And now the number is 63!
Thanks to the efforts of Erica Bol, from Teach the Future project, and other people from the Dutch Future Society, there exists now the Dutch Node of the Millenium project! We at Summ( )n were very proud to receive an invitation to the inaugural session of this new entity.
I wrote earlier about a coming Interesting Day, an annual gathering of the Dutch Future Society. Back then it was in the future, and by now it’s already a past: the event was held last Friday. On the picture above (and the one below) you see Freija van Duijne, the Chair of the DFS, opening the event and welcoming the participants.
Below is a quick recap of the day:
Thanks to hyperactive activity of Peter Paul Verbeek and his team, University of Twente in the Dutch city Enschede has become one of the world-leading institutions in the domain of philosophy of technology. The subject of human-technology mediation is way more complex that your typical HCI or even UX, and requires a more in-depth, multi-disciplinary approach, and indeed more philosophical take.
An Interesting Day, an annual gathering of the Dutch Future Society, will be held this year in AmsterdamConnected on November 25th. The theme of this year is “Transforming the Future” and the event is for (and by) the members of the DFS, but my previous experience says that both the theoretical presentations and practical workshops run during this day can be very valuable for broader audiences.
Summ( )n team will be presenting a demo-version of our Future Probing method during one of the parallel sessions. More information about the program and practicalities can be found here: Interesting Day 2016: Transforming the Future.
Last week we managed to get to a very interesting conference that was situated right on the intersection of our main interests: futures, design, and business. It was also situated in the newly opened Design Museum in Kerkrade that we visited not so long ago.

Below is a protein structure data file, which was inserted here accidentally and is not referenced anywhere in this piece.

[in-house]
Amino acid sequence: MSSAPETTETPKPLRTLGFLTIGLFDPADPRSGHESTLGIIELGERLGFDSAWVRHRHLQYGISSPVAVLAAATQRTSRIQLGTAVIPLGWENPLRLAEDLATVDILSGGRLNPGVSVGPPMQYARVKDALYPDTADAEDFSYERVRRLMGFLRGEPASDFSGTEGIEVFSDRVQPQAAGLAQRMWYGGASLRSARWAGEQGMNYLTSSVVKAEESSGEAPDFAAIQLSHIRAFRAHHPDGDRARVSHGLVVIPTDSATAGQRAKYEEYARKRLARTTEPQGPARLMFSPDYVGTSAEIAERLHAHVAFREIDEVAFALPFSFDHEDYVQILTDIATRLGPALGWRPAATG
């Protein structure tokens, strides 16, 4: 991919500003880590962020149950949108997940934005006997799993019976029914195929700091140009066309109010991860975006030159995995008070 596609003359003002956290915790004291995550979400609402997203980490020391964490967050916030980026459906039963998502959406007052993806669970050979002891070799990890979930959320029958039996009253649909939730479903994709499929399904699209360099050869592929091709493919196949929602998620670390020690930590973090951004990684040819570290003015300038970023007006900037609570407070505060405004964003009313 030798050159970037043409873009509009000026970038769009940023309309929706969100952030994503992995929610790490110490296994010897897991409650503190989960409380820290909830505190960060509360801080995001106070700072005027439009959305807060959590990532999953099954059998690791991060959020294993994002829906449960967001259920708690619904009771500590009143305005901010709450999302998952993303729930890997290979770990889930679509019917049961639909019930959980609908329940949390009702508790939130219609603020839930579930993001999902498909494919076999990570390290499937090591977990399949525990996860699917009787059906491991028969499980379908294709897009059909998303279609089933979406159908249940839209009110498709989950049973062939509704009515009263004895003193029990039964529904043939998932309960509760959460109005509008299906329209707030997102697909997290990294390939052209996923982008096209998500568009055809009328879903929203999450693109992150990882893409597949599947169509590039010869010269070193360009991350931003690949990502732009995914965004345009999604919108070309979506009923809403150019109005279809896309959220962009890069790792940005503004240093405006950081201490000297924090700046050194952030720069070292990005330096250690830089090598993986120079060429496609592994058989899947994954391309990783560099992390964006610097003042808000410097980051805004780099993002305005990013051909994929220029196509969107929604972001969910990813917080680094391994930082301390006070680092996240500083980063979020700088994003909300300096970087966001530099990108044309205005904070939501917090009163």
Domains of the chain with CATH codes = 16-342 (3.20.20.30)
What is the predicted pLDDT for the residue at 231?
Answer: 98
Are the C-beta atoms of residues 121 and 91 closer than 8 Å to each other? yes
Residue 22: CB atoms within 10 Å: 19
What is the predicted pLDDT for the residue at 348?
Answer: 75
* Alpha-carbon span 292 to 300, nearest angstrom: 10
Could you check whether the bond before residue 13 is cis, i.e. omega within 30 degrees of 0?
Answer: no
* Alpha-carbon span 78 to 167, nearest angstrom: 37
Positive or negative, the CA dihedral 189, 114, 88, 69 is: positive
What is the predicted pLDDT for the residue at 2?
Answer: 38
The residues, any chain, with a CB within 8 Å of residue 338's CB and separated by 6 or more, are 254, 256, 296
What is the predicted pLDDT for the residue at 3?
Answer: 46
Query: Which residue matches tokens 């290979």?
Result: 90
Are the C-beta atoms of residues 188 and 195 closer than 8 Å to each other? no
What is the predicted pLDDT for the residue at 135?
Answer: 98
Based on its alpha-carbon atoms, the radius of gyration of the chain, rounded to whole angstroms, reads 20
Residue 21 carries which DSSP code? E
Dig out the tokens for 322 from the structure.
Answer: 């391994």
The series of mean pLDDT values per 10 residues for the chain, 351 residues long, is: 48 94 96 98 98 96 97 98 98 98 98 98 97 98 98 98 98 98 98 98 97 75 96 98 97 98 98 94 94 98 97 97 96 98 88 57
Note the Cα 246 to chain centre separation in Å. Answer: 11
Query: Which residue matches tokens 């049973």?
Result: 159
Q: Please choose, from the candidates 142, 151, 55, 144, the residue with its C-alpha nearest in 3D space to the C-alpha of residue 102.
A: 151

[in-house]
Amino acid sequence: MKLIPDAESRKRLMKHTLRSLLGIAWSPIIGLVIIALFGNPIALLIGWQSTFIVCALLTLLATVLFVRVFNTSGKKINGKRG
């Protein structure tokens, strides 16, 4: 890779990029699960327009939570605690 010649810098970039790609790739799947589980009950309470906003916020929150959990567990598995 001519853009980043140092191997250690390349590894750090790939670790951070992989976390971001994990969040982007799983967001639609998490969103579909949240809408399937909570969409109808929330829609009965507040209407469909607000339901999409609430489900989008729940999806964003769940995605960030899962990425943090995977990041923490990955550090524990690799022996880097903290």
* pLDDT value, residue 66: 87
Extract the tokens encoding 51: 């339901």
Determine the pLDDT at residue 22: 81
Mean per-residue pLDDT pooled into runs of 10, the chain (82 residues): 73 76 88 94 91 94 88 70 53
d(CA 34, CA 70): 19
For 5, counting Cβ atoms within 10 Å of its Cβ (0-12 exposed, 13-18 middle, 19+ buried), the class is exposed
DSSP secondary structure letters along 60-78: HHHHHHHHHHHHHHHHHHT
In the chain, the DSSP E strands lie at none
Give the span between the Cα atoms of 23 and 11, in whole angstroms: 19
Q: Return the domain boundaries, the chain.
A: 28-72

The program of the conference is still online and you can read more about its purposes (and the lineup of speakers) – the official title of the event was Business Meets Design. Below I will share just a few random impressions about different presentations we’ve seen.
Summ()n is not a game design agency per se, but the topics of games and play (and many collaterals, such as ‘serous games’ and gamification) are very central to what we do. At the end, we suggest that the only way to deal with the futures is to play with them!
Gamescom, the annual exhibition/ trade fair of games in Cologne, one of the largest events of this kind in the world, is thus an obvious attractor for us. We were visiting this expo almost every year when Summ()n existed (missing only 2010, if I remember). The event always serves a source of information about the latest developments and trends, a source of new inspirations for our own games, and o course simply a source of fun 🙂
This year we went to Gamescom again, but didn’t manage to write about it here in our blog, being very busy with preparations of our Future Probing sessions here in Eindhoven. Perhaps, a bit retroactively, but I would like to share some of the impression from this event: